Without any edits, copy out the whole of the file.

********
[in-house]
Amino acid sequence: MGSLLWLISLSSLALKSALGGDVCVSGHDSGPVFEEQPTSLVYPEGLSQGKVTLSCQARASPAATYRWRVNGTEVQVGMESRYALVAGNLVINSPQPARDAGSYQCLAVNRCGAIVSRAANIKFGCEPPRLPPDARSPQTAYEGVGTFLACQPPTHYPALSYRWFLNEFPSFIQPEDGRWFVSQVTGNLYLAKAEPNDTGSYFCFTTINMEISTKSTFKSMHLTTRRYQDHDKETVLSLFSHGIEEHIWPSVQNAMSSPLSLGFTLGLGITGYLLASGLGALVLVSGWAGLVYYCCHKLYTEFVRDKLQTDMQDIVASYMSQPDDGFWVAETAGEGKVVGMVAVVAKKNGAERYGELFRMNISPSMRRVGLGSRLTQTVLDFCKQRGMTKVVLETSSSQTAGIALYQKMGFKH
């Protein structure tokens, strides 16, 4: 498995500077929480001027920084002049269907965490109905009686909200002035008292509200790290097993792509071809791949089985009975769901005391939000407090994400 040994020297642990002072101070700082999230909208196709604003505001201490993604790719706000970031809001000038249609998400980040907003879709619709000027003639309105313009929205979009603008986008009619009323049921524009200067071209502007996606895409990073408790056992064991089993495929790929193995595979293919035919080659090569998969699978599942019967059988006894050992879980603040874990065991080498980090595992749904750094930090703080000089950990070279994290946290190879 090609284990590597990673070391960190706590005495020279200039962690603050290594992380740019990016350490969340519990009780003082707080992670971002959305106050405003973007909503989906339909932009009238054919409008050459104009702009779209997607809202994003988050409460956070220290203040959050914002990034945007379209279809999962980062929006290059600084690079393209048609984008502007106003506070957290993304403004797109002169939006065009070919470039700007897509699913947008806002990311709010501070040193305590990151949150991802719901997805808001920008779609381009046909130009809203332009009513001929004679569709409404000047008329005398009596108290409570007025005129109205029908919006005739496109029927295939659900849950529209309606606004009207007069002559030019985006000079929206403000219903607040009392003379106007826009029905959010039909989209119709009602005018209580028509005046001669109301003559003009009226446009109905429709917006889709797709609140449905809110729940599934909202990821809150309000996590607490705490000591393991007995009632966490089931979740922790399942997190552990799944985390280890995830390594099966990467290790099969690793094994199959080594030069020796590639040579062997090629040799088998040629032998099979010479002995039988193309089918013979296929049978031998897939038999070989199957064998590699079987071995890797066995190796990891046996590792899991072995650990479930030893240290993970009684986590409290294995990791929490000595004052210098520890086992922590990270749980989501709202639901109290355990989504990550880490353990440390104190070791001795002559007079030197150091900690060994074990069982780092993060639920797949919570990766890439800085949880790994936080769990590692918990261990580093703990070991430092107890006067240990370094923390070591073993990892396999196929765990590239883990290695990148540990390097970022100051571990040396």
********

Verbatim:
[in-house]
Amino acid sequence: MGSLLWLISLSSLALKSALGGDVCVSGHDSGPVFEEQPTSLVYPEGLSQGKVTLSCQARASPAATYRWRVNGTEVQVGMESRYALVAGNLVINSPQPARDAGSYQCLAVNRCGAIVSRAANIKFGCEPPRLPPDARSPQTAYEGVGTFLACQPPTHYPALSYRWFLNEFPSFIQPEDGRWFVSQVTGNLYLAKAEPNDTGSYFCFTTINMEISTKSTFKSMHLTTRRYQDHDKETVLSLFSHGIEEHIWPSVQNAMSSPLSLGFTLGLGITGYLLASGLGALVLVSGWAGLVYYCCHKLYTEFVRDKLQTDMQDIVASYMSQPDDGFWVAETAGEGKVVGMVAVVAKKNGAERYGELFRMNISPSMRRVGLGSRLTQTVLDFCKQRGMTKVVLETSSSQTAGIALYQKMGFKH
């Protein structure tokens, strides 16, 4: 498995500077929480001027920084002049269907965490109905009686909200002035008292509200790290097993792509071809791949089985009975769901005391939000407090994400 040994020297642990002072101070700082999230909208196709604003505001201490993604790719706000970031809001000038249609998400980040907003879709619709000027003639309105313009929205979009603008986008009619009323049921524009200067071209502007996606895409990073408790056992064991089993495929790929193995595979293919035919080659090569998969699978599942019967059988006894050992879980603040874990065991080498980090595992749904750094930090703080000089950990070279994290946290190879 090609284990590597990673070391960190706590005495020279200039962690603050290594992380740019990016350490969340519990009780003082707080992670971002959305106050405003973007909503989906339909932009009238054919409008050459104009702009779209997607809202994003988050409460956070220290203040959050914002990034945007379209279809999962980062929006290059600084690079393209048609984008502007106003506070957290993304403004797109002169939006065009070919470039700007897509699913947008806002990311709010501070040193305590990151949150991802719901997805808001920008779609381009046909130009809203332009009513001929004679569709409404000047008329005398009596108290409570007025005129109205029908919006005739496109029927295939659900849950529209309606606004009207007069002559030019985006000079929206403000219903607040009392003379106007826009029905959010039909989209119709009602005018209580028509005046001669109301003559003009009226446009109905429709917006889709797709609140449905809110729940599934909202990821809150309000996590607490705490000591393991007995009632966490089931979740922790399942997190552990799944985390280890995830390594099966990467290790099969690793094994199959080594030069020796590639040579062997090629040799088998040629032998099979010479002995039988193309089918013979296929049978031998897939038999070989199957064998590699079987071995890797066995190796990891046996590792899991072995650990479930030893240290993970009684986590409290294995990791929490000595004052210098520890086992922590990270749980989501709202639901109290355990989504990550880490353990440390104190070791001795002559007079030197150091900690060994074990069982780092993060639920797949919570990766890439800085949880790994936080769990590692918990261990580093703990070991430092107890006067240990370094923390070591073993990892396999196929765990590239883990290695990148540990390097970022100051571990040396």